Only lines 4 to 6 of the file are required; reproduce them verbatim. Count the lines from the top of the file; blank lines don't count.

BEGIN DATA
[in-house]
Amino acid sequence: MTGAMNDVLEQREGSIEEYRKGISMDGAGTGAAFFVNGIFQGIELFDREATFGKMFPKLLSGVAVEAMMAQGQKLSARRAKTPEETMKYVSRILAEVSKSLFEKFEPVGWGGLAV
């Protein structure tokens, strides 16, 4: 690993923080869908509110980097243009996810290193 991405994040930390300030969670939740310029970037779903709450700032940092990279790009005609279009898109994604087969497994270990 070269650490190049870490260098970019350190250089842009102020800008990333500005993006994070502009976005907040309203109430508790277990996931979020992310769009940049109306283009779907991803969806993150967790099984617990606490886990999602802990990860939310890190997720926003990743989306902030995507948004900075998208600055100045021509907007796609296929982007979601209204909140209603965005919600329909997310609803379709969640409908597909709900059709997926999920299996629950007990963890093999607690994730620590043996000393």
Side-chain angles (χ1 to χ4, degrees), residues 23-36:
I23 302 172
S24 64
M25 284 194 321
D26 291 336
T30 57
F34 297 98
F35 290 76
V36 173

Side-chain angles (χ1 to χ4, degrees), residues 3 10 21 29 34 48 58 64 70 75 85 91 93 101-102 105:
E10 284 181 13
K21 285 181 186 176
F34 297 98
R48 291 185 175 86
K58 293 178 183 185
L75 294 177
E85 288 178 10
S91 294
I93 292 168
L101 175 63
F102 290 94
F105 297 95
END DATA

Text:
Side-chain angles (χ1 to χ4, degrees), residues 23-36:
I23 302 172
S24 64